Sas­seville Re­port

SkiTrax - - Contents - By Jack Sas­seville

by Jack Sas­seville

U.S. Women Shine – I have to start with how im­pressed I am with the per­for­mances of the U.S. women's team on the World Cup. Even with­out Kikkan Ran­dall this year, these women have con­sis­tently been at the top of the World Cup re­sults lists, in­clud­ing a cou­ple of wins by Jessie Dig­gins and So­phie Cald­well. Per­haps the most no­table re­sult has been their per­for­mance in the re­lay. In Nove Mesto in the Czech Repub­lic, they were sec­ond to the all-pow­er­ful Nor­we­gian women. This shows that their re­sults are not just by one or two skiers. They have a mix of younger and older skiers, sprint­ers and dis­tance skiers. What a sea­son for them so far!

The Bat­tle­ship is Be­gin­ning to Turn – It looks like the Cana­dian ski team is start­ing to move in the right di­rec­tion. It has been ev­i­dent to most peo­ple that it is time to bring on some new, younger skiers. The women's team has been nonex­is­tent at the World Cup level for years, and the skiers on the men's team (with the ex­cep­tion of Alex Har­vey) have been do­ing just enough to keep their places on the team, but they are not nearly as good as they were five years ago.

So far, the younger women at­tend­ing the World Cups have not done that well, with the ex­cep­tion of the sprint in Plan­ica, Slovenia. But they have to start some­where, and there is no sub­sti­tute for Euro­pean World Cup ex­pe­ri­ence. These women and their coaches need to keep look­ing at what the Americans are do­ing and re­mem­ber­ing what Cana­dian women have done in the past to keep their mo­ti­va­tion. There is no rea­son why the Cana­dian women can­not get to the top of the pack too.

For the men, the first sign of change is that Ivan Babikov was sent home af­ter the Tour de Ski, and Knute Johns­gaard and Graeme Kil­lick stayed to race on the World Cup. Babikov has been slid­ing down the rank­ings for the past cou­ple of years now, and even his 11th-place fin­ish on the climb to Alpe de Cer­mis is not enough any­more.

This is good for ev­ery­one on the men's team. For the vet­eran skiers, it sends a mes­sage, and for the younger skiers, it gives them hope. It may be co­in­ci­dence that this has hap­pened with the hir­ing of a new CEO, but it is the right thing to do. There are go­ing to be some tough, un­pop­u­lar de­ci­sions to be made this spring af­ter the Ski Tour of Canada 2016. Cross Coun­try Canada has to bal­ance hav­ing as strong a team as pos­si­ble for the 2018 Olympics while at the same time build­ing for the fu­ture.

U.S. Men – The same de­ci­sions that need to be made in Canada also need to be made in the U.S. for the men. There have been some de­cent re­sults, but noth­ing out­stand­ing. Is the next wave ready to step up?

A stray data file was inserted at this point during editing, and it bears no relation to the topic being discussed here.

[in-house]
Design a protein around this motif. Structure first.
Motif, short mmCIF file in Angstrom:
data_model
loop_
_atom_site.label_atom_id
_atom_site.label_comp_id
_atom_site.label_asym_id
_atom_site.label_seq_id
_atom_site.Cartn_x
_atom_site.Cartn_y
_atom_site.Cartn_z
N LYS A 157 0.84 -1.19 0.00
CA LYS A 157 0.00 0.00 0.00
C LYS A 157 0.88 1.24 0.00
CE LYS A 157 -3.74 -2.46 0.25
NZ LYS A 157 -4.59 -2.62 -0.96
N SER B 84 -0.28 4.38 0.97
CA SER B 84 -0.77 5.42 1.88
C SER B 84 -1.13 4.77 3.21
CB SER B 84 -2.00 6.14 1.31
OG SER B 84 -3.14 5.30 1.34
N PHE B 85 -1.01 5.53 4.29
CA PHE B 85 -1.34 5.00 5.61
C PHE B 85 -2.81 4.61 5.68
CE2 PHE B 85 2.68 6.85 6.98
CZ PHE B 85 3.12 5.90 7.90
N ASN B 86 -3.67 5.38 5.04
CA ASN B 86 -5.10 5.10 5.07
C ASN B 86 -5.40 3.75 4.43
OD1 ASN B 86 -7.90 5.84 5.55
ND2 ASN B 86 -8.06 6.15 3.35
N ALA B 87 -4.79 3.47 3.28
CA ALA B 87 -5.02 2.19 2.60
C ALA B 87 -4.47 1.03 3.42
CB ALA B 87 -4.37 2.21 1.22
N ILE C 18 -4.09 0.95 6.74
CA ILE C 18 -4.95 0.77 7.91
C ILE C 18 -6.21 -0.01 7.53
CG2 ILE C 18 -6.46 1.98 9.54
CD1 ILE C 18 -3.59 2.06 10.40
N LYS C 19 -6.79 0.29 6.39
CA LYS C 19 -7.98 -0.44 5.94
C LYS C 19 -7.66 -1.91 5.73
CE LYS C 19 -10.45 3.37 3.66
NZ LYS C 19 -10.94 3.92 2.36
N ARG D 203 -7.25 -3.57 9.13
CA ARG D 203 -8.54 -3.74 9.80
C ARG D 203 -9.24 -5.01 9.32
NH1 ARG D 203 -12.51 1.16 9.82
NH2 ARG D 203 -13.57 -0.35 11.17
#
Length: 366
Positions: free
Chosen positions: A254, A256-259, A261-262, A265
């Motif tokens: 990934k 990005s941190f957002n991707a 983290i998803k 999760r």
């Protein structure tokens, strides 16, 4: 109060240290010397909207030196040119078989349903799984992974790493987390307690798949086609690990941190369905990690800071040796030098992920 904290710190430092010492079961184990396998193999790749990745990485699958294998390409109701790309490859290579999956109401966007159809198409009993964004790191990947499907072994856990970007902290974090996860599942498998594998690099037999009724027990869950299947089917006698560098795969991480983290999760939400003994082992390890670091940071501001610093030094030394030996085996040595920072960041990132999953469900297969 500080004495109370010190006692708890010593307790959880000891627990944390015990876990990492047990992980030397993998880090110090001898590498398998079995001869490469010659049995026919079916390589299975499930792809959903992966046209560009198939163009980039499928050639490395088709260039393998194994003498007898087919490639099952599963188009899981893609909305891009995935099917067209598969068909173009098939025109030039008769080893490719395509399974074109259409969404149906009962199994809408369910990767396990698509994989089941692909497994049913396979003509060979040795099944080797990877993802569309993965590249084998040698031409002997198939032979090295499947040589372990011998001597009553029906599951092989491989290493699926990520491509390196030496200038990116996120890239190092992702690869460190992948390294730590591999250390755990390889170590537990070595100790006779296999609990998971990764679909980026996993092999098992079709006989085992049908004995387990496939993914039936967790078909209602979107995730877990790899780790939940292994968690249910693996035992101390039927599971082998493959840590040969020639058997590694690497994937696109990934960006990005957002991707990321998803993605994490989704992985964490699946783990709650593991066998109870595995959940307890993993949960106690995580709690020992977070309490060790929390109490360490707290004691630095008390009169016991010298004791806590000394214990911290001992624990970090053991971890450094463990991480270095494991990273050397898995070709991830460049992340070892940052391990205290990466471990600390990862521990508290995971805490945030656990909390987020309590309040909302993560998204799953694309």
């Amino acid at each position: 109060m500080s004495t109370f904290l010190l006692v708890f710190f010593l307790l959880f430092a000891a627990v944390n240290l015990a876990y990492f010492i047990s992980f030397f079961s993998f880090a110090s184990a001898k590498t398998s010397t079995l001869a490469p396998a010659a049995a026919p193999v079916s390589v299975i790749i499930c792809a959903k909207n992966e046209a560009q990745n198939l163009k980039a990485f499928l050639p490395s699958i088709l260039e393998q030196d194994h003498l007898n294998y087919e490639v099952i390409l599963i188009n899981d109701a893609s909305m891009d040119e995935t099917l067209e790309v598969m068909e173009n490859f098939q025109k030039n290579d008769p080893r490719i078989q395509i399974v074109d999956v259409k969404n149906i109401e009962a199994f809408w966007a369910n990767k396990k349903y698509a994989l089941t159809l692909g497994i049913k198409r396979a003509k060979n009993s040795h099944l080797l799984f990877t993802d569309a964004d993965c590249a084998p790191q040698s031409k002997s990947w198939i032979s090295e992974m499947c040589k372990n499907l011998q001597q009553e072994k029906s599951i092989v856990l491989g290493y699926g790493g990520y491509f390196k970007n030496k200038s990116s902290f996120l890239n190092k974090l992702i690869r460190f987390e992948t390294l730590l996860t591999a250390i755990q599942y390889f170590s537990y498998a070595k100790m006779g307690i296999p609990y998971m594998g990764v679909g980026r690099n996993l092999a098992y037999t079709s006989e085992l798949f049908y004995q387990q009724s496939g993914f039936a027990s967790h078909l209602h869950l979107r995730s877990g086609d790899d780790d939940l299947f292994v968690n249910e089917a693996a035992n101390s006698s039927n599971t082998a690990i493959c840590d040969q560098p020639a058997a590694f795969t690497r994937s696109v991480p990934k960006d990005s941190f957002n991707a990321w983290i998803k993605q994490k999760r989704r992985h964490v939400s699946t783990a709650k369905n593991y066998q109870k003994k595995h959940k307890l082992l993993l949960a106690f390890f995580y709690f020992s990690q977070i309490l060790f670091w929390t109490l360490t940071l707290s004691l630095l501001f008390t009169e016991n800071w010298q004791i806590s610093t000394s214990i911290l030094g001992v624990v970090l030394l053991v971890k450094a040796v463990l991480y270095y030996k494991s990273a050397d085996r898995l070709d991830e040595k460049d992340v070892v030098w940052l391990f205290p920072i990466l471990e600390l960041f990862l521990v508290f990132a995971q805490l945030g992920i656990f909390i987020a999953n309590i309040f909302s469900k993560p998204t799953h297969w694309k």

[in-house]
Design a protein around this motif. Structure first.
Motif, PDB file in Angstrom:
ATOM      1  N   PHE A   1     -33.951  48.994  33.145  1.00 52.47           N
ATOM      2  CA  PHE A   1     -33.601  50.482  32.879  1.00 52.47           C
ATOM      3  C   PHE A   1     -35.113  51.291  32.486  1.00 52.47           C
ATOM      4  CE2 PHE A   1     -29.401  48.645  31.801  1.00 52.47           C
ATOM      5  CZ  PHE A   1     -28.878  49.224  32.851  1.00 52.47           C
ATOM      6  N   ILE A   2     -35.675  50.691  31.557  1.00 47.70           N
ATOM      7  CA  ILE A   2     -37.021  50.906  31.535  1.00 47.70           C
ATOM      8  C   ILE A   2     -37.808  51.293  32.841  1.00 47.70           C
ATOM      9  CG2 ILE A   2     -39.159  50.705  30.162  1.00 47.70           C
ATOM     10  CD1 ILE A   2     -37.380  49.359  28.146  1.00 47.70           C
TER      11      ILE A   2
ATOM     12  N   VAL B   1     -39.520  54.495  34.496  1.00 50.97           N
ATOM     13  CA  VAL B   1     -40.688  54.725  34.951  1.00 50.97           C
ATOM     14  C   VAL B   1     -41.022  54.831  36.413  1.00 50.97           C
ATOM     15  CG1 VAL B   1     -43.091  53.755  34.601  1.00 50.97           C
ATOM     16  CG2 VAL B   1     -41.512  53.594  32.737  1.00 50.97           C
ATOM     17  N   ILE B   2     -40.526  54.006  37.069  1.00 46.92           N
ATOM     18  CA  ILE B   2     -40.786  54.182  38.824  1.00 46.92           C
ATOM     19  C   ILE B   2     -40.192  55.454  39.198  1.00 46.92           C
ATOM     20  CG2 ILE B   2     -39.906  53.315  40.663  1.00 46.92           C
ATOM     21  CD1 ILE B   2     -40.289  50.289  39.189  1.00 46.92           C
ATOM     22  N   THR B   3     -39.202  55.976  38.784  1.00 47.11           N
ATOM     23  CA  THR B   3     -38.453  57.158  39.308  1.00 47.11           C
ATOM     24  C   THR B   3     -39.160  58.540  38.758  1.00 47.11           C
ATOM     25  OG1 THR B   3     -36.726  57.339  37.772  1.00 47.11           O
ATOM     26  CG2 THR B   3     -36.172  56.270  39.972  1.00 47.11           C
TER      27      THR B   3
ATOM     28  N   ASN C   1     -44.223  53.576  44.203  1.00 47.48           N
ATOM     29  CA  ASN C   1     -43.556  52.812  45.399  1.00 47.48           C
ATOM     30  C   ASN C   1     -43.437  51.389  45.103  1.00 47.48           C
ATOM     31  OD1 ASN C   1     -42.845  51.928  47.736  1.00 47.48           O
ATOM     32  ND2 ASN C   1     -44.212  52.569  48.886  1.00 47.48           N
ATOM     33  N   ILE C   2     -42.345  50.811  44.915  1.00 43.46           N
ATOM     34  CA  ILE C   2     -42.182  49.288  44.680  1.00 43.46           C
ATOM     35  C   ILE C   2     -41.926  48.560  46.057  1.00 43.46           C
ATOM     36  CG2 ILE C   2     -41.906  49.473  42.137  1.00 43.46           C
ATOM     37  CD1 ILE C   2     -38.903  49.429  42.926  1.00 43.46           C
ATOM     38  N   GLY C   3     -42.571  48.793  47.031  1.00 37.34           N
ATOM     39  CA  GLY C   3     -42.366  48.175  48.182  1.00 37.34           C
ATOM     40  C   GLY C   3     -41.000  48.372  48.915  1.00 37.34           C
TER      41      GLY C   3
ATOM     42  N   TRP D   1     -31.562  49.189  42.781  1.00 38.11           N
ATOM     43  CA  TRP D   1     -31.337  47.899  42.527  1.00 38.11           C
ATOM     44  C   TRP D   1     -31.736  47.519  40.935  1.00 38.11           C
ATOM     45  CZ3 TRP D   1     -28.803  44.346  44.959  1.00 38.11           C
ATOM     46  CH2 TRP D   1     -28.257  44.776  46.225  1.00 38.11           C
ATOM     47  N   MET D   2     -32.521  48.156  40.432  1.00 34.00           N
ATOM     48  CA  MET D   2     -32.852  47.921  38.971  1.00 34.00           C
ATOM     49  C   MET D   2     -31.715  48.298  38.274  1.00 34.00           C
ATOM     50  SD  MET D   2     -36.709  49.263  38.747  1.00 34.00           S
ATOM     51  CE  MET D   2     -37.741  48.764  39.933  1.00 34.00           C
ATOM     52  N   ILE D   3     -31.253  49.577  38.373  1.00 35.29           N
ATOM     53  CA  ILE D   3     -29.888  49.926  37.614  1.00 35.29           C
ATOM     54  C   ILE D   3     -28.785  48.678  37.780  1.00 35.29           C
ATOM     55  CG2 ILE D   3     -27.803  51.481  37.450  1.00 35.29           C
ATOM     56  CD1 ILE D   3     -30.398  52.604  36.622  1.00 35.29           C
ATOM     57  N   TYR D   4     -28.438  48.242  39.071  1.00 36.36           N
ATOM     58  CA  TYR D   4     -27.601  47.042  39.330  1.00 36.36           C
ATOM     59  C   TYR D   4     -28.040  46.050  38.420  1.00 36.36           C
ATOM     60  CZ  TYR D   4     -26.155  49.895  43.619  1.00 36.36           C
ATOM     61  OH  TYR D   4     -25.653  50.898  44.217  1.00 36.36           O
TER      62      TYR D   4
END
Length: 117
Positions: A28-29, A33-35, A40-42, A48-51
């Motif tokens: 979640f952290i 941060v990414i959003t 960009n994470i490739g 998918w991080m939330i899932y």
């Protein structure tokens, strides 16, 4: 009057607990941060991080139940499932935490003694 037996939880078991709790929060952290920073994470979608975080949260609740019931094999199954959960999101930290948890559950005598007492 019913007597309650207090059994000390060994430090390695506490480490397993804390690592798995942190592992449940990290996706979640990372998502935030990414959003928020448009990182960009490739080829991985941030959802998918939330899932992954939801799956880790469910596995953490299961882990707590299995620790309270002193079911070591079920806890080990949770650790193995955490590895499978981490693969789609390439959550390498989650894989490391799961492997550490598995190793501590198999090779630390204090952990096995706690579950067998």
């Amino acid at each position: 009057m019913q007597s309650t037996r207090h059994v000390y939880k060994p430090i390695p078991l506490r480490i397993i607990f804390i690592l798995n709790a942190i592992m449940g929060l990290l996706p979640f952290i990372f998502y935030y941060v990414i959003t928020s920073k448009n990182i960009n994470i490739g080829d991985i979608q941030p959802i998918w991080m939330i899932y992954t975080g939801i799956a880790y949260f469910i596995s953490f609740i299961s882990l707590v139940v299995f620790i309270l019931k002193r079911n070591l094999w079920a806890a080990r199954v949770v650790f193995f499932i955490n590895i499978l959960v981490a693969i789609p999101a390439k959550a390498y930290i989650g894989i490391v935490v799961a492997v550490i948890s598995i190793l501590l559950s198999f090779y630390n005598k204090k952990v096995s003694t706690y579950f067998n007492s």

Nor­we­gian Dom­i­nance – Even with­out Marit Bjo­er­gen rac­ing and Pet­ter Northug win­ning, the Nor­we­gian team con­tin­ues to dom­i­nate the world of cross-coun­try ski­ing. With the Swedish men all sick, hurt or re­tired, there is no other na­tion that can even come close to them. If you are a Nor­we­gian, this is fan­tas­tic and proves what you knew all along – Norge ar Beste!

How­ever, if you are from any­where else, I don't think that this is a good thing for the sport. Most coun­tries, in­clud­ing Canada, are awarded their cor­po­rate and govern­ment fund­ing from podium re­sults, and that has been very hard to do lately. So a Catch 22 now ex­ists, with Nor­way get­ting stronger and re­ceiv­ing more fund­ing and sup­port and ev­ery­one else get­ting weaker and re­ceiv­ing less fund­ing and sup­port.

Prize Money on World Cup – Does any­one out there still think that cross-coun­try ski­ing is an “am­a­teur” sport? If you do, check out these num­bers. Therese Jo­haug has dom­i­nated the women's World Cup and has won 222,500 Euros as of Jan. 27. Sec­ond is Ingvild Flugstad Oest­berg from Nor­way with 129,250 Euros. Dig­gins is the top North Amer­i­can skier with 31,500 Euros.

For the men, Martin John­srud Sundby leads with 225,500 Euros, fol­lowed by Finn Ha­gen Krogh at 84,000 Euros. Simi Hamil­ton is 15th over­all with 10,000 Euros and Alex Har­vey is 22nd at 6,500 Euros.

While it is not ten­nis or golf, those are still some pretty good win­nings, es­pe­cially at the top. These top skiers also have en­dorse­ments and spon­sor­ships and they do not have to pay for their ex­penses when they travel.

Cli­mate Change and Race Venues – It con­tin­ues to get harder and harder to af­ford to hold a race, and it looks like it will get worse in the fu­ture. On the World Cup, es­pe­cially in Cen­tral Europe, if there is not snow-mak­ing, it is im­pos­si­ble to have a race. While at this level there is enough in­come com­ing in to af­ford the cost of snow-mak­ing, this is not the case at the lo­cal level. My fear is that there will be fewer and fewer races at the club level around the world, lead­ing to fewer and fewer skiers and less­ened in­ter­est in the sport. Yikes!

Knute Johns­gaard from White­horse is one of sev­eral young Cana­di­ans who are get­ting their feet wet on the World Cup and hope to make their mark.

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